For a cosmologist, the basic problem with all multiverse proposals is the presence of a cosmic visual horizon. The horizon is the limit to how far away we can see, because signals traveling toward us at the speed of light (which is finite) have not had time since the beginning of the universe to reach us from farther out. All the parallel universes lie outside our horizon and remain beyond our capacity to see, now or ever, no matter how technology evolves. In fact, they are to far away to have had any influence on our universe whatsoever. That is why none of the claims made by multiverse enthusiasts can be directly substantiated. —pg 40-41

    A remarkable fact about our universe is that physical constants have just the right values needed to allow for complex structures, including living things. Steven Weinberg, Martin Rees, Leonard Susskind and others contend that an exotic multiverse provides a tidy explanation for this apparent coincidence: if all possible values occur in a large enough collection of universes, then viable ones for life will surely be found somewhere. This reasoning has been applied, in particular, to explanation the density of the dark energy that is speeding up the expansion of the universe today. I agree that the multiverse is a possible valid explanation for the value of this density; arguably, it is the only scientifically based option we have right now. But we have no hope of testing it observationally. —pg 42

    All in all, the case for the multiverse is inconclusive. The basic reason is the extreme flexibility of the proposal: it is more a concept than well-defined theory. Most proposals involve a patchwork of different ideas rather than a coherent whole. The basic mechanism for eternal inflation does not itself cause physics to be different in each domain in a multiverse; for that, it needs to be coupled to another speculative theory. Although they can be fitted together, there is nothing inevitable about it. … Nothing is wrong with scientifically based philosophical speculation, which is what multiverse proposals are. But we should name it for what it is. —pg 43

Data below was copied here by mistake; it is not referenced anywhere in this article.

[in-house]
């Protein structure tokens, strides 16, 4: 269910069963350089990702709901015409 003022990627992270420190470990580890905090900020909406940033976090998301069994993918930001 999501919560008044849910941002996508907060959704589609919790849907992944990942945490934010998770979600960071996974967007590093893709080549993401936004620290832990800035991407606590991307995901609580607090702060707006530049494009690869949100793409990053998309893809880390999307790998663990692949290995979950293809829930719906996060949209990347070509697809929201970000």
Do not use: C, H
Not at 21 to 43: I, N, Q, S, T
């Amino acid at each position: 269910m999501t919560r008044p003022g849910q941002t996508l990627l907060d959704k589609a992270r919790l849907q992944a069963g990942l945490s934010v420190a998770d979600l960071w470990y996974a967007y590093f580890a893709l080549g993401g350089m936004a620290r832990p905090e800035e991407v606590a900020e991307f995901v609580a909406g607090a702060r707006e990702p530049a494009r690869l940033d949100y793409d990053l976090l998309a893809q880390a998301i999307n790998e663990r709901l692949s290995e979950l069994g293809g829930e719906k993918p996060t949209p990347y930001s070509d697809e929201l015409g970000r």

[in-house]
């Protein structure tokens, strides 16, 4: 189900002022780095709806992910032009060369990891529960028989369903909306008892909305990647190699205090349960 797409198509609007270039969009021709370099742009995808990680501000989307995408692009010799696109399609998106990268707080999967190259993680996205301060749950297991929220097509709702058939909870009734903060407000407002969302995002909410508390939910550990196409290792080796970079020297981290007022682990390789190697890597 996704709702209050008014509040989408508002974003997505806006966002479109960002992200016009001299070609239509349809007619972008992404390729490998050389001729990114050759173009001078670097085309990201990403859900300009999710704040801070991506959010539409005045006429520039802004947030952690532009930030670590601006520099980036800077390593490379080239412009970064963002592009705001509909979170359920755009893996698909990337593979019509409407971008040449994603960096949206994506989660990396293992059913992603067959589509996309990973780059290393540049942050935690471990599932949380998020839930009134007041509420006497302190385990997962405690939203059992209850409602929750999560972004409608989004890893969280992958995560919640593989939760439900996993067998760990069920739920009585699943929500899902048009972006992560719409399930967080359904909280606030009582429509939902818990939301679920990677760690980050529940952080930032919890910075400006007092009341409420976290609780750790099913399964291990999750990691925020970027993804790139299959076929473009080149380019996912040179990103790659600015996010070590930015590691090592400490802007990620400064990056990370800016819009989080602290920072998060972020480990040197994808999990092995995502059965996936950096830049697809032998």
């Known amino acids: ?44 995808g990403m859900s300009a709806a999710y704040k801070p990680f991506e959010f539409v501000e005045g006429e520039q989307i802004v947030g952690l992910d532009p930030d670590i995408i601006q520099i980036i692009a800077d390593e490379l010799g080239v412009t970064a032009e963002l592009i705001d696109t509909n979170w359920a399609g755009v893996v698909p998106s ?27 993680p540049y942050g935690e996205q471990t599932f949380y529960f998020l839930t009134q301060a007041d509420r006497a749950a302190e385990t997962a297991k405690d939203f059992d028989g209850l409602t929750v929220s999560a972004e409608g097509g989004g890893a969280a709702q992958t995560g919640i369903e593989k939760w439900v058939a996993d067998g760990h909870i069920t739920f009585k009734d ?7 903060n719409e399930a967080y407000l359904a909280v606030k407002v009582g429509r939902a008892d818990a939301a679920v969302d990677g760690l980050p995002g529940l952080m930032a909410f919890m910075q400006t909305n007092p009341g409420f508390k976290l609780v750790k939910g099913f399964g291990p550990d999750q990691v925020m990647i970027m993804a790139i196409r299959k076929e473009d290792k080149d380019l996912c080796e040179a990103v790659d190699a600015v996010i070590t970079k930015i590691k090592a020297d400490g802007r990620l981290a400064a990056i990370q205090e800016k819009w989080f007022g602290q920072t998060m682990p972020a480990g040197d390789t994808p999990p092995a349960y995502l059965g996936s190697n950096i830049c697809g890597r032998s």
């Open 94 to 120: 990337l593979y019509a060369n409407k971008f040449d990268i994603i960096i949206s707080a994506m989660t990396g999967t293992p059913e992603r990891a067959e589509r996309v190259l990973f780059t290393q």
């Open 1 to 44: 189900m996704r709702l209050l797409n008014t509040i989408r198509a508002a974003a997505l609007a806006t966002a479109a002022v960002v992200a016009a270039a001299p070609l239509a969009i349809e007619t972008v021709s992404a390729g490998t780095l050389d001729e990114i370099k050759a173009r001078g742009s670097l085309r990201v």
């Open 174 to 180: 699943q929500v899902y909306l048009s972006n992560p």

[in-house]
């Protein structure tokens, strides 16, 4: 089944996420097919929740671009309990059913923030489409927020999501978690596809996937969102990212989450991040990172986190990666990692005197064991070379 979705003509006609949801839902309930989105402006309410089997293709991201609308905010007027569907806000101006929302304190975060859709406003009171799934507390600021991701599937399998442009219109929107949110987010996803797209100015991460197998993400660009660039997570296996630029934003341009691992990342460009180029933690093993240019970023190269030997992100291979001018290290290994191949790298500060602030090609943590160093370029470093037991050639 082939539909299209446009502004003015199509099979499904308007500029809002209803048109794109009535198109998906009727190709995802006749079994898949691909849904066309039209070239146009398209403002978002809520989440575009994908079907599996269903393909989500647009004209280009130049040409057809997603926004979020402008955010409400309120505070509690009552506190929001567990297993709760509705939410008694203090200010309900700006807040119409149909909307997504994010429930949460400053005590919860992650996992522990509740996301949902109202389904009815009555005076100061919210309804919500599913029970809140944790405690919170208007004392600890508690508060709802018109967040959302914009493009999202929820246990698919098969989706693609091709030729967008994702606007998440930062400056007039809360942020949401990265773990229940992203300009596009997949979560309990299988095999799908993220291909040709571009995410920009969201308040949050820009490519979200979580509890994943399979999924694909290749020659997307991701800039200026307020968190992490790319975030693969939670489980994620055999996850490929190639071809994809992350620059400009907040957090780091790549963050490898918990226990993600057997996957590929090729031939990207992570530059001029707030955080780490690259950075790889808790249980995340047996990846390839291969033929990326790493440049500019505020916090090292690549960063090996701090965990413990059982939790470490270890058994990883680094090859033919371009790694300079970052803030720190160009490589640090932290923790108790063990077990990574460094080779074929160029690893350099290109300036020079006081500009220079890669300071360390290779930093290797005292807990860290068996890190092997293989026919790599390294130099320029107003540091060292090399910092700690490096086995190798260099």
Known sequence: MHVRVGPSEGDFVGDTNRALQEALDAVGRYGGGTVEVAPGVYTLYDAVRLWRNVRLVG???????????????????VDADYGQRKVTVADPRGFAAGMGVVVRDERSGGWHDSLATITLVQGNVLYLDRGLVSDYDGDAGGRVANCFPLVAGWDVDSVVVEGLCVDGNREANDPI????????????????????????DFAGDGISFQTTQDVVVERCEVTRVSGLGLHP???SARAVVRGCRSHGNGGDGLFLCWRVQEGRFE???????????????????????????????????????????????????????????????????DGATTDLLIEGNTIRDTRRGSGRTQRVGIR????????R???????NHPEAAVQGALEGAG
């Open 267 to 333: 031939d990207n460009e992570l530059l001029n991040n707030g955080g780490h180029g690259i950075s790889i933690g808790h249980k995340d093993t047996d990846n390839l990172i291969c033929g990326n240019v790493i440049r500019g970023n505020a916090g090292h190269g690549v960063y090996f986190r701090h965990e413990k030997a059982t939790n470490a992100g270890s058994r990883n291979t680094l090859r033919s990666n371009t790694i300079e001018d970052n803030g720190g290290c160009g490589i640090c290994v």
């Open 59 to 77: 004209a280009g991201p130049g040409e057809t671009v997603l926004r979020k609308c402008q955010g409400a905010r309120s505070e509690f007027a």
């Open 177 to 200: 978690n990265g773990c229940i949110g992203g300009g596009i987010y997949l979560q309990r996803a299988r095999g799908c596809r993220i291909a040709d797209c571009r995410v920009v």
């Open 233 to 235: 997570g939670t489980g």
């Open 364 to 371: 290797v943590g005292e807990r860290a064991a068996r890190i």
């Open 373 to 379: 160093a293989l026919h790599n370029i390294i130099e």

As skeptical as I am, I think the contemplation of the multiverse is an excellent opportunity to reflect on the nature of science and on the ultimate nature of existence: why we are here… In looking at this concept, we need an open mind, though not too open. It is a delicate path to tread. Parallel universes may or may not exist; the case is unproved. We are going to have to live with that uncertainty. Nothing is wrong with scientifically based philosophical speculation, which is what multiverse proposals are. But we should name it for what it is.

    • CommentRowNumber19.
    • CommentAuthorUrs
    • CommentTime7 days ago
    • (edited 7 days ago)

    As I was checking cross-links from here to set-theoretic multiverse, I was reminded of lack of content here. On a whim, I ended up writing the following:

    In physics, the term “multiverse” refers to certain picture of cosmology. The intended meaning tends to differ between authors and/or remain vague (see below) but broadly what goes with it is the idea that, just as the configuration of matter and energy changes from place to place within our observable universe, clearly, it could be that beyond the observable universe (for immediate or not so immediate notions of “beyond”) eventually even the laws of physics might change from place to place, possibly altogether, but at least as concerns the values of coupling constants or even field-content.

    The idea remains hypothetical, naturally, and might ultimately be empty as an idea about physics as opposed to philosophy, but it is arguably in historical continuation with a sequence of famously confirmed insights about cosmology, which led from an archaic picture of a cosmos centered all around the world directly experienced by humans (the continent a disk inside an ocean hung in the center of the heavenly spheres), via the Copernican revolution, then the confirmation of distant galaxies etc., to the realization that the observable universe is immense and varied and our physical place and whereabouts inside it just a random result of chance, subject only to the tautological condition that it allows us to be here at all – known as the “anthropic principle” in these discussions.